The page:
He ain’t heavy… – ★★★★
A tale of a young boy stealing from the rich and privileged at a ski resort to support himself and his sister has much more to offer than the usual art house film.
Kacey Mottet Klein plays Simon a modern day Oliver who will certainly pick a pocket or two to get along. Skis are the currency and Simon can make good money re-selling them second hand in town. He lives with his sister Louise (Léa Seydoux) in a dingy tower block below the Alps. Simon is the chief bread stealer with his sister drifting through life unable to find any stability. With both being independent they must try and learn how to cope within the confines of their relationship.
The film follows Simon as he nonchalantly goes about the Swiss ski resort stealing anything he puts his hands to and with a loyal troop of customers waiting for him below to snap up his spoils he manages to earn a crust. Louise has just lost her job and keeps abandoning her younger brother for days on end for different men occasionally stopping by to borrow money from Simon. He protests but is so desperate for some affection he will do anything to get her attention. One of the most troubling scenes is when Simon pays to sleep (not that kind of sleep, get your mind out of the gutter), with her just so he doesn’t have to be alone. The film could have taken a turn for the incestuous but thankfully doesn’t.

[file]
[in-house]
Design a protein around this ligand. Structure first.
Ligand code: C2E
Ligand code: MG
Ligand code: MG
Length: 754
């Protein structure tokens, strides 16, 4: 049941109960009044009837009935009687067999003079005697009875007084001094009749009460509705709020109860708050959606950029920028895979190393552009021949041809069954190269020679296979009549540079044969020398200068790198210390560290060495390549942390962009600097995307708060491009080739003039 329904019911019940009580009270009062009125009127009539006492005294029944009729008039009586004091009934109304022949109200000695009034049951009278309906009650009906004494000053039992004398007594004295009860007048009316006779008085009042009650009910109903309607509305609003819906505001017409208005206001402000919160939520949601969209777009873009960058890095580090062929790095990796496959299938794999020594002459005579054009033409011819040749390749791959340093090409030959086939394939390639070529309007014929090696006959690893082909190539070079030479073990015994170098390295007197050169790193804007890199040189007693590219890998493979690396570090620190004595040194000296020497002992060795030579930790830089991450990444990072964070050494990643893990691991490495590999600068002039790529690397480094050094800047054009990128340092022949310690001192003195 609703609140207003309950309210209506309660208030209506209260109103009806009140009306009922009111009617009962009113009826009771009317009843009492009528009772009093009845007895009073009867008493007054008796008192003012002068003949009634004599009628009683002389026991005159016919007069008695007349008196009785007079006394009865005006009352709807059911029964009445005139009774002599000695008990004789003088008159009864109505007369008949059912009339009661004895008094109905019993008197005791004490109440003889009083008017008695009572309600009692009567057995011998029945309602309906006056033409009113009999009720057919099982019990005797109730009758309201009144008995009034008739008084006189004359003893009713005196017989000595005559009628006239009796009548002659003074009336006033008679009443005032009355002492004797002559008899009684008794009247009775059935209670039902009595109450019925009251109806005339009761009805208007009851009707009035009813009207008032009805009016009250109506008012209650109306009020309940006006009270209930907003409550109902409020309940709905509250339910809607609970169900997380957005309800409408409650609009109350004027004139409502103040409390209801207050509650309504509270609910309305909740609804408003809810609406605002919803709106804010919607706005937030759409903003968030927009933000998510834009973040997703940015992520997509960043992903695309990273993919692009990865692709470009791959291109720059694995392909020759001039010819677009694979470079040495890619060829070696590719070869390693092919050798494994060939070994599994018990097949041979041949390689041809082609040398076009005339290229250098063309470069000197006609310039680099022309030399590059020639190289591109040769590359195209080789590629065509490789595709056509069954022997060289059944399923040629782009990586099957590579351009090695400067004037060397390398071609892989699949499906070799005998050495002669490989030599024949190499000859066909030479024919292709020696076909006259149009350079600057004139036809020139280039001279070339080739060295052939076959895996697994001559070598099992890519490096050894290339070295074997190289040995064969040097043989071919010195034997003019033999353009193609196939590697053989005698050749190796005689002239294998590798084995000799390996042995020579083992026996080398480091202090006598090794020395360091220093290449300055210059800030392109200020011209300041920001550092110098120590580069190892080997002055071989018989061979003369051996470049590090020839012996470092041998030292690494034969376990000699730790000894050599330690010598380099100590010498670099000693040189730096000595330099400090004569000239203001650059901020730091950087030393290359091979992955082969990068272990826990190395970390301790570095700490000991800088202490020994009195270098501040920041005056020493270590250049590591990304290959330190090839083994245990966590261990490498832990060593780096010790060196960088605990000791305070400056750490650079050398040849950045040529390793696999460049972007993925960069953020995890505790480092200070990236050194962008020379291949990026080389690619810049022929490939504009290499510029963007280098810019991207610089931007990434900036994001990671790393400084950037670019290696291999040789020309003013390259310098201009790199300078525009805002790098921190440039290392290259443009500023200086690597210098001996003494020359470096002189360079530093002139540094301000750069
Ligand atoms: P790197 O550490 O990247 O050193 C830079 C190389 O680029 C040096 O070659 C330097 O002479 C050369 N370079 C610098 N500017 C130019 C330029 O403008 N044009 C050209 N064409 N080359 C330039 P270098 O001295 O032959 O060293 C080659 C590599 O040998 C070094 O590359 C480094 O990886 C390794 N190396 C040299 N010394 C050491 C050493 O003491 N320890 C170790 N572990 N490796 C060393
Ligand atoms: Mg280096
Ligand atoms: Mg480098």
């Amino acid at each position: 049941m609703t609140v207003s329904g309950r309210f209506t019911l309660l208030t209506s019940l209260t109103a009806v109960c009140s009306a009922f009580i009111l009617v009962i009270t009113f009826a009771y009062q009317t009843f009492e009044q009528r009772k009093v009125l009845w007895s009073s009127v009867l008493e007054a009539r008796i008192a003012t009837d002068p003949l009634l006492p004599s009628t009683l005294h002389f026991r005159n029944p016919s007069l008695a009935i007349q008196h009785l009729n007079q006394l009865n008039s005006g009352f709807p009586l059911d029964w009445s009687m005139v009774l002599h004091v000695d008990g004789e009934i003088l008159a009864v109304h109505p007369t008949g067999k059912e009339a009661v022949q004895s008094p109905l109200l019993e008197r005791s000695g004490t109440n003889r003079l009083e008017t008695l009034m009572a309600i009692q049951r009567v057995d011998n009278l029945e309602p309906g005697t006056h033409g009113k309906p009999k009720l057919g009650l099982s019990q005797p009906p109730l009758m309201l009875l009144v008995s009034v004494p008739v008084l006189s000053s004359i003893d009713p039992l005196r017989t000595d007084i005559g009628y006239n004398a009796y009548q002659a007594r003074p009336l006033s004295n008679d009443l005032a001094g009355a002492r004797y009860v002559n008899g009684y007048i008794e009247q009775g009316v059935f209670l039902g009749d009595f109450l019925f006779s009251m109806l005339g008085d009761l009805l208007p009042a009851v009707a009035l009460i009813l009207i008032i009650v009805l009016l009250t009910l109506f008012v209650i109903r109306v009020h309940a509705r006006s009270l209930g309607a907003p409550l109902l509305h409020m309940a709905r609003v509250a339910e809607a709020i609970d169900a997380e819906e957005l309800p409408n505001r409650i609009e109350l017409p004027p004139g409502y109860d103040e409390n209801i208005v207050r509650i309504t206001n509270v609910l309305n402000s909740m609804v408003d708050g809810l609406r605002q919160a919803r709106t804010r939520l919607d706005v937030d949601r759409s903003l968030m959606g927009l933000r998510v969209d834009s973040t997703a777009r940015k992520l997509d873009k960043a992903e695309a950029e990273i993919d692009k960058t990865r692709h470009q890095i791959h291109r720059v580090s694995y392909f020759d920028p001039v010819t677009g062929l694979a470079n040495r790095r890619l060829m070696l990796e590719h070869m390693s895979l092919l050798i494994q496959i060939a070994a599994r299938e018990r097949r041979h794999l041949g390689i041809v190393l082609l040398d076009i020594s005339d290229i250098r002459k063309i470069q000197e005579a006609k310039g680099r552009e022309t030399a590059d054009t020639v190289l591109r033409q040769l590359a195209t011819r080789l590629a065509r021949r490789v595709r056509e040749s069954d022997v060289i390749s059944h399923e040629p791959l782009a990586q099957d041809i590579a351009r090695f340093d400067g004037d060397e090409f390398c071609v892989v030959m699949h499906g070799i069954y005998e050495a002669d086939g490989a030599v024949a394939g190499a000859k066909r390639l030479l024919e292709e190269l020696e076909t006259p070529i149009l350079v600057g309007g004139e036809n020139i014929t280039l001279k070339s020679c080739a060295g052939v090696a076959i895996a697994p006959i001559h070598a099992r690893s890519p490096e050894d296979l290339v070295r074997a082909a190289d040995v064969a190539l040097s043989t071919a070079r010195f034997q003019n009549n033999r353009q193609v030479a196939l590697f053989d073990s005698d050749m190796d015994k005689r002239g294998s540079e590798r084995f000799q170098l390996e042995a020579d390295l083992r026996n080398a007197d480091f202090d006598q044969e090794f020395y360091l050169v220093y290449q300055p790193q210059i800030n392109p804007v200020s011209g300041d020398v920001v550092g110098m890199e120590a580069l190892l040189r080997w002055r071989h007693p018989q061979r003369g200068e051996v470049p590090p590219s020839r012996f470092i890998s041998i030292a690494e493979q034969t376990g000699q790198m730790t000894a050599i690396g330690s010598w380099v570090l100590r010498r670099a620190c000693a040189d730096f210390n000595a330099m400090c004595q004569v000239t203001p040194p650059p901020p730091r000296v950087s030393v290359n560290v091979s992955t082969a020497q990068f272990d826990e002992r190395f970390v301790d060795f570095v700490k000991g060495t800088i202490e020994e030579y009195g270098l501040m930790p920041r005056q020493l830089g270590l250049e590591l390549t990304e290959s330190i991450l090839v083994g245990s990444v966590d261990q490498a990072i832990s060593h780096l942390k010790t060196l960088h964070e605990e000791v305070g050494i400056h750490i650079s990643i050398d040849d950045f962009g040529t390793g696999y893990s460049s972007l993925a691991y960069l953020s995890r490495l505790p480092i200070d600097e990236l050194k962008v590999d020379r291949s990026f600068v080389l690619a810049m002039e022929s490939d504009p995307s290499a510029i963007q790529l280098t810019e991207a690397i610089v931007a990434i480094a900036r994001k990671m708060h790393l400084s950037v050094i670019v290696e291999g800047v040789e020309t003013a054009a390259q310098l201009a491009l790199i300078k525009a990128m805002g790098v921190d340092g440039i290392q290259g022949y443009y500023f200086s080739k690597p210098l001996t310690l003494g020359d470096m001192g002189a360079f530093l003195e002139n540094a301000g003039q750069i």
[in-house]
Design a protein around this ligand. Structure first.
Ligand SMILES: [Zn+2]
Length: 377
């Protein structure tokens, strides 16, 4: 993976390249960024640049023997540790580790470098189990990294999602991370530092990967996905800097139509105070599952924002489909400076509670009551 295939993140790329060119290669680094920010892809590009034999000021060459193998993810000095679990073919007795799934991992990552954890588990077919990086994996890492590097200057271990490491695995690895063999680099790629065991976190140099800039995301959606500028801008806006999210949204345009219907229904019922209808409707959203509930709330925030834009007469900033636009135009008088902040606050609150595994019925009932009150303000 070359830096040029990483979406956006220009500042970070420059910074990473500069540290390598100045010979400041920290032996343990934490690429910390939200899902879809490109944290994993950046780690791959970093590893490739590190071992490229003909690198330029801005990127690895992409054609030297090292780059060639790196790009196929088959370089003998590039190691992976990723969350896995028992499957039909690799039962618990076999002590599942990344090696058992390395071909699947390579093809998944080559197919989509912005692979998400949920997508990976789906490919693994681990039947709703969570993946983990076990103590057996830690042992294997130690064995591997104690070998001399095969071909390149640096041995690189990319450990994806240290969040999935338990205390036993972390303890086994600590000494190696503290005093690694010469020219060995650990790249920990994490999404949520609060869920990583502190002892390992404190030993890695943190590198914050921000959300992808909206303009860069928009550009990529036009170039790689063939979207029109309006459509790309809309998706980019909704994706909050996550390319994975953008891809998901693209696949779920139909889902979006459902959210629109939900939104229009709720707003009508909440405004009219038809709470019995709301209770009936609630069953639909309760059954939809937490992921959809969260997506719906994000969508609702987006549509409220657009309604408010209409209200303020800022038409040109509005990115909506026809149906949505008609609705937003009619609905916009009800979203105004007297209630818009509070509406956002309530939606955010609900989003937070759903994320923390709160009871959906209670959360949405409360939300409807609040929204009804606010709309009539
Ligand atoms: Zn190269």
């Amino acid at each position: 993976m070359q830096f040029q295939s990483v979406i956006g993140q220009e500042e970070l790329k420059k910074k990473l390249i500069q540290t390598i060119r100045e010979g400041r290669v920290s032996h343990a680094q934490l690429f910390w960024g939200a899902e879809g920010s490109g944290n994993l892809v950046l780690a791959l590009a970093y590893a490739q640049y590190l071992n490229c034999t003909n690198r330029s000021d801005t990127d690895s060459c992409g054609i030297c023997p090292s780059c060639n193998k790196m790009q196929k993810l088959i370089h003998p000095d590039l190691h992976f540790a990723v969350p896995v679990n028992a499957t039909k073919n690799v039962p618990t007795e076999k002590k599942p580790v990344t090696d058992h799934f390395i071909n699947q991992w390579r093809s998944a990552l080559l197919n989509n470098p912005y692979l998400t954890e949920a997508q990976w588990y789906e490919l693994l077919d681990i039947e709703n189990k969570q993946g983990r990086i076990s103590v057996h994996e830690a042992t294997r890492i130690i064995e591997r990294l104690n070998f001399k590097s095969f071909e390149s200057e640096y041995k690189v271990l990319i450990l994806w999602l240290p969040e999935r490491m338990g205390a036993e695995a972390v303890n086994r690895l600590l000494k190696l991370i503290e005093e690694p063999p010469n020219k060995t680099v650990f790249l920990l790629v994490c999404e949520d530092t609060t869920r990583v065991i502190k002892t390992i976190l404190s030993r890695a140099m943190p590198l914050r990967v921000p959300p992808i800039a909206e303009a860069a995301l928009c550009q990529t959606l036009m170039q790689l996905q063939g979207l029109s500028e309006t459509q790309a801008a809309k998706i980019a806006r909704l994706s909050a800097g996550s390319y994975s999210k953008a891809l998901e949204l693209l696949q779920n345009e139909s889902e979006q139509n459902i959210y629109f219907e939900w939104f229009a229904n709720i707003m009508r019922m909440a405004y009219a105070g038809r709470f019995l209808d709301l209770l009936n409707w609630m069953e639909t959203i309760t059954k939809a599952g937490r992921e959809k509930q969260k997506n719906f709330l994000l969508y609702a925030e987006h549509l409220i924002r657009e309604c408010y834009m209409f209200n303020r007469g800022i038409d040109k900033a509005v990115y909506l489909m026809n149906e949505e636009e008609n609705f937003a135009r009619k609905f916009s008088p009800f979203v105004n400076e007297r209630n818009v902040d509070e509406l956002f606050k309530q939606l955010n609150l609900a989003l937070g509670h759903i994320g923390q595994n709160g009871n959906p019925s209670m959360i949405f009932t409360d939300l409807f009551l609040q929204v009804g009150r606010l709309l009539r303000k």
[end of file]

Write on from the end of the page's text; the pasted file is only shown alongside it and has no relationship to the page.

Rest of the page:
| o | – Try a little tenderness
Along his travels Simon tries to look for family figures which he needs desperately. Striking up a business with Mike (Martin Compston) who’ll take the stolen skis back to England gives him an older brother to enjoy and Kristen (Gillian Anderson) fulfils the role of mother. All of these ultimately end in rejection as the season winds down and this is when Simon must try to cling on to his sister.
The performances are outstanding, Klein as Simon is brilliant, aptly showing the defiant grifter-like character needed to survive on your own. Seydoux manages to enrage you for her treatment of her brother but somehow evokes huge sympathy leaving you not quite sure where you stand. The biggest selling point is the ending. There is always the danger in foreign art house films to end a film bluntly making you imagine they want you to think about the film, when in reality they didn’t know how to end it so just went to black. Sister could have fallen foul of this gimmick and even looks to be heading that way until the last moment, but instead chooses to give us a resolute ending.
Ursula Meier has done a great job in directing, using both the beauty of the Alps and the reality of life below to tell her story of familial woe.
Sister is Switzerland’s official Oscar nomination for foreign language film so fingers crossed it’s picked. Who knows it may even beat Haneke’s Amour.
Switzerland / Directed By: Ursula Meier / Written By: Antoine Jaccoud, Ursula Meier, Gilles Taurand / Starring: Kacey Mottet Klein, Léa Seydoux, Martin Compston, Gillian Anderson / 97min / Drama / Release: 26 October 2012 (Irl/UK)